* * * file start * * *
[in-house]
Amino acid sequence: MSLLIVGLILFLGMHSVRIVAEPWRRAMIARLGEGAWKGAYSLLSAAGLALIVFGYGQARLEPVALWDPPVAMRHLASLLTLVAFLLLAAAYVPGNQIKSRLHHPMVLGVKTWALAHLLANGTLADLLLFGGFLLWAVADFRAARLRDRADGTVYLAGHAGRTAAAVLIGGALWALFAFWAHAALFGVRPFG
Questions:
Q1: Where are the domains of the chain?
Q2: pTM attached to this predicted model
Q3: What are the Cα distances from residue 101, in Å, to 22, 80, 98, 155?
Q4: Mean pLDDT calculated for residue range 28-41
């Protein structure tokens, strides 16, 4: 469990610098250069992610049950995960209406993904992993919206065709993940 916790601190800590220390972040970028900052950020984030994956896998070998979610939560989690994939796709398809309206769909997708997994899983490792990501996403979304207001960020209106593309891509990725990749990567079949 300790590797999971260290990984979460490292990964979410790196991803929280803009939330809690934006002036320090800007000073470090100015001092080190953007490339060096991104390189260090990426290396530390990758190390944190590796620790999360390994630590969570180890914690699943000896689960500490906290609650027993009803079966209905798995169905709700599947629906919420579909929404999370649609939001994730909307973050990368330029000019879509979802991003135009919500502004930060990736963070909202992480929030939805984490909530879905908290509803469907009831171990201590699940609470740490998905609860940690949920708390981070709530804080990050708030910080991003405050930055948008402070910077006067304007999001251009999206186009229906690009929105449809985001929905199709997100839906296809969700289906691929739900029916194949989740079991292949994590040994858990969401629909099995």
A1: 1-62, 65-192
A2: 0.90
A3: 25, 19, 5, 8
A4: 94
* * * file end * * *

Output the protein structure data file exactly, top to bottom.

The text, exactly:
[in-house]
Amino acid sequence: MSLLIVGLILFLGMHSVRIVAEPWRRAMIARLGEGAWKGAYSLLSAAGLALIVFGYGQARLEPVALWDPPVAMRHLASLLTLVAFLLLAAAYVPGNQIKSRLHHPMVLGVKTWALAHLLANGTLADLLLFGGFLLWAVADFRAARLRDRADGTVYLAGHAGRTAAAVLIGGALWALFAFWAHAALFGVRPFG
Questions:
Q1: Where are the domains of the chain?
Q2: pTM attached to this predicted model
Q3: What are the Cα distances from residue 101, in Å, to 22, 80, 98, 155?
Q4: Mean pLDDT calculated for residue range 28-41
């Protein structure tokens, strides 16, 4: 469990610098250069992610049950995960209406993904992993919206065709993940 916790601190800590220390972040970028900052950020984030994956896998070998979610939560989690994939796709398809309206769909997708997994899983490792990501996403979304207001960020209106593309891509990725990749990567079949 300790590797999971260290990984979460490292990964979410790196991803929280803009939330809690934006002036320090800007000073470090100015001092080190953007490339060096991104390189260090990426290396530390990758190390944190590796620790999360390994630590969570180890914690699943000896689960500490906290609650027993009803079966209905798995169905709700599947629906919420579909929404999370649609939001994730909307973050990368330029000019879509979802991003135009919500502004930060990736963070909202992480929030939805984490909530879905908290509803469907009831171990201590699940609470740490998905609860940690949920708390981070709530804080990050708030910080991003405050930055948008402070910077006067304007999001251009999206186009229906690009929105449809985001929905199709997100839906296809969700289906691929739900029916194949989740079991292949994590040994858990969401629909099995």
A1: 1-62, 65-192
A2: 0.90
A3: 25, 19, 5, 8
A4: 94